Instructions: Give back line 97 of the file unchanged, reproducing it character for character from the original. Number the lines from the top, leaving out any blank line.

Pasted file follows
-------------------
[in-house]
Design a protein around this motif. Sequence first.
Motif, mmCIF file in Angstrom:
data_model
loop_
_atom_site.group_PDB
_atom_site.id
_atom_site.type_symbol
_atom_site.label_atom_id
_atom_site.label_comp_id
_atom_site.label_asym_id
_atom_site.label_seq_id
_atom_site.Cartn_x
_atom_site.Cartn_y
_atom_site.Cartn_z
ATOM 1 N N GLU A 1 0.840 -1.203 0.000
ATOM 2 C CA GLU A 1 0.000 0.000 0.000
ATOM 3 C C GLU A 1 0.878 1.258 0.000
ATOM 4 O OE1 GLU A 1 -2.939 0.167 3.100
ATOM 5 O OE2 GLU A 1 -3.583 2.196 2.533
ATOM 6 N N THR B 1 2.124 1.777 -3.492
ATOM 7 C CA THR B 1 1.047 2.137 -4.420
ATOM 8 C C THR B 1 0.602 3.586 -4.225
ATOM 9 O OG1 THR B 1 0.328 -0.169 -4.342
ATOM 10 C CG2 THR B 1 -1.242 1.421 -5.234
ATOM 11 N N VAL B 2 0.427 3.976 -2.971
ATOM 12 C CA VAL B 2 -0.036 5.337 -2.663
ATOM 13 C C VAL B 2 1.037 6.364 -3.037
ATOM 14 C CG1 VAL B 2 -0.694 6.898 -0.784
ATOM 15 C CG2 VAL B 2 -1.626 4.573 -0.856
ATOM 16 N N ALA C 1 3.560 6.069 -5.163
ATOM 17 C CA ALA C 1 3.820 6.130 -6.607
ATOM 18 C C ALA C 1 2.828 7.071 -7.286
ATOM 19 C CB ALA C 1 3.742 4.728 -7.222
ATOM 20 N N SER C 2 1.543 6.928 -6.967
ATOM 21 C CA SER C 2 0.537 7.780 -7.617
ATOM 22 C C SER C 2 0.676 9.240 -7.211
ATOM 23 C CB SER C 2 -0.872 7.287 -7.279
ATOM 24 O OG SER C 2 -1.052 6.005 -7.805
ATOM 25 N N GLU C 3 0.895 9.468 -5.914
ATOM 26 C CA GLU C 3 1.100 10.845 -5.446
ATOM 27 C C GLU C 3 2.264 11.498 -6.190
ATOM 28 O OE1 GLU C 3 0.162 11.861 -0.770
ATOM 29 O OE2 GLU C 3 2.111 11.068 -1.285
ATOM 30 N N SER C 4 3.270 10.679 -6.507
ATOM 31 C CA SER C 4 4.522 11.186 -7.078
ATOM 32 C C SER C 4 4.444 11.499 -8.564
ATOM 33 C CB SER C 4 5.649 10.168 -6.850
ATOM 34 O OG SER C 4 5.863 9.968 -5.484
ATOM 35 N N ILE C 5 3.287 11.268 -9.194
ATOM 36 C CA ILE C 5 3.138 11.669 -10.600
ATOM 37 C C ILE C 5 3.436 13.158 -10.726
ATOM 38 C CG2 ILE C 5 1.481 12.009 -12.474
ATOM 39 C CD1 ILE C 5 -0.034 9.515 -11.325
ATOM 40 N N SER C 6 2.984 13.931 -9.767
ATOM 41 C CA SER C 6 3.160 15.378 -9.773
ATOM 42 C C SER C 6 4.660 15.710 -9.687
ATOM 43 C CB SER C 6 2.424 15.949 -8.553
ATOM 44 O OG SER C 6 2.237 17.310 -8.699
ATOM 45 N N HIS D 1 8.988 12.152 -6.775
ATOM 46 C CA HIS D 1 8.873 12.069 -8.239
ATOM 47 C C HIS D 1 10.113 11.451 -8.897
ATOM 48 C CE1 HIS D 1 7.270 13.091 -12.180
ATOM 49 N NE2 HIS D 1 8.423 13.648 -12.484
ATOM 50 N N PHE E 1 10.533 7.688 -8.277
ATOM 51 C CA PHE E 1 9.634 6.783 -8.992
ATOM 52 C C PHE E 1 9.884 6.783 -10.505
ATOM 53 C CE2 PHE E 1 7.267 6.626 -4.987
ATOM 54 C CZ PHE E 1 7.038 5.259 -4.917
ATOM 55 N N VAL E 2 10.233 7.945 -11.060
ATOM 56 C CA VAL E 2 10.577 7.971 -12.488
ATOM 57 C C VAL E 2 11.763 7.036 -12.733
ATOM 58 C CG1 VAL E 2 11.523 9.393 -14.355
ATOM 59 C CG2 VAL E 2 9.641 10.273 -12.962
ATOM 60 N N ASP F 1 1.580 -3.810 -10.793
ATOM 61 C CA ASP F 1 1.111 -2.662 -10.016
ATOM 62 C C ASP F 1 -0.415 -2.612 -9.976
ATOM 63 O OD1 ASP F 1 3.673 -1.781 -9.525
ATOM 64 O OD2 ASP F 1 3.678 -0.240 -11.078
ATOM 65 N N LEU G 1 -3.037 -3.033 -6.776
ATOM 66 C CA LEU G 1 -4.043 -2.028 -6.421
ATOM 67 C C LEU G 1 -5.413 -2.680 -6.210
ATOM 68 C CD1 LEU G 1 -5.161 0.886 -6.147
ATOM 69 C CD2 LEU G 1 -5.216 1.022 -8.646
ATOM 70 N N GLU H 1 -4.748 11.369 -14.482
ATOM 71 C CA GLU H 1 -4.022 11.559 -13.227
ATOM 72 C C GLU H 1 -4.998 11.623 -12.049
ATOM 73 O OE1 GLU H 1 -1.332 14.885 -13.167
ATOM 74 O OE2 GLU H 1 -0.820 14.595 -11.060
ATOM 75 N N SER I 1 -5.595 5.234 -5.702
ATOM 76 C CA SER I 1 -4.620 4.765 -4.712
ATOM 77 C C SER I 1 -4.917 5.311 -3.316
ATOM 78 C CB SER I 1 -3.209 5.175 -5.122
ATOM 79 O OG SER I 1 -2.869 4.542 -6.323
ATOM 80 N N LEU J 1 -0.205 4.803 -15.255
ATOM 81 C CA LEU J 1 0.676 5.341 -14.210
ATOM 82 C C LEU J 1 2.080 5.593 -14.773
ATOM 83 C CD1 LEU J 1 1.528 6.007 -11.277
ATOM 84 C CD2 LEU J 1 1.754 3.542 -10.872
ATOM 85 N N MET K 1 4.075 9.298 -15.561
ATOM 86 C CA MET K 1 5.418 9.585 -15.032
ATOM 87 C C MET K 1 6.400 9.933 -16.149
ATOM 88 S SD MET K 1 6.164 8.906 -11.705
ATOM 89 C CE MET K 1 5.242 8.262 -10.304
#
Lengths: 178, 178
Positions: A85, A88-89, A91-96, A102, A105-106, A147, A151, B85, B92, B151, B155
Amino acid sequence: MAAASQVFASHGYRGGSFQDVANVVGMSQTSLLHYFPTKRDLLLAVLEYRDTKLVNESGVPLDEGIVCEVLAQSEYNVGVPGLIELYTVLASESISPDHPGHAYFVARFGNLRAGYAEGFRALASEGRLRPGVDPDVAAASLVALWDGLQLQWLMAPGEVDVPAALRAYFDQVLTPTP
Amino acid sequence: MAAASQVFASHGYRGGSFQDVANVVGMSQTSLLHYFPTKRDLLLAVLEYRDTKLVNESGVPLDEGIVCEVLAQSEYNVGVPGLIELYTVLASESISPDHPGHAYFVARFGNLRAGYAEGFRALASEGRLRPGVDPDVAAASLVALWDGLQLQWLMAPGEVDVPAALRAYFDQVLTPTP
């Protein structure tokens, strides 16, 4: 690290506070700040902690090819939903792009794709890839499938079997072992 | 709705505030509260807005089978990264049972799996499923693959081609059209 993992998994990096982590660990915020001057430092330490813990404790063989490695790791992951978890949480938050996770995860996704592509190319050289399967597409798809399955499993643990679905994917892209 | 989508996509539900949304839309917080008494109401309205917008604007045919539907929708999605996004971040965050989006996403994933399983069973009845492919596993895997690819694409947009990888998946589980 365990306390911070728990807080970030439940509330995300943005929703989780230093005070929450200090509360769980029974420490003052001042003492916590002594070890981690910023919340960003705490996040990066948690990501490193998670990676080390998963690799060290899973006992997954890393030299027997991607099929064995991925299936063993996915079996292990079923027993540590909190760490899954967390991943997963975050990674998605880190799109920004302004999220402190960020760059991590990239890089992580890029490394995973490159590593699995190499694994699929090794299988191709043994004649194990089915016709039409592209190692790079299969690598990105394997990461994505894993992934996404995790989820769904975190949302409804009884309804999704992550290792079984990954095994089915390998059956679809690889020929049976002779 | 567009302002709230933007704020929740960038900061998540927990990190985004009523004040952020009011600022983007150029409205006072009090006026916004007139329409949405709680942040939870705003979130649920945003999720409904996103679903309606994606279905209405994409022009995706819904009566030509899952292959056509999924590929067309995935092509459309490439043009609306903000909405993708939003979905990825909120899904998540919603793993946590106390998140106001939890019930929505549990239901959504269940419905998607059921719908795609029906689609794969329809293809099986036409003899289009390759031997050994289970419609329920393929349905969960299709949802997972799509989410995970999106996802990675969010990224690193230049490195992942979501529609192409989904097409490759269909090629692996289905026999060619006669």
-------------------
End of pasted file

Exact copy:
ATOM 82 C C LEU J 1 2.080 5.593 -14.773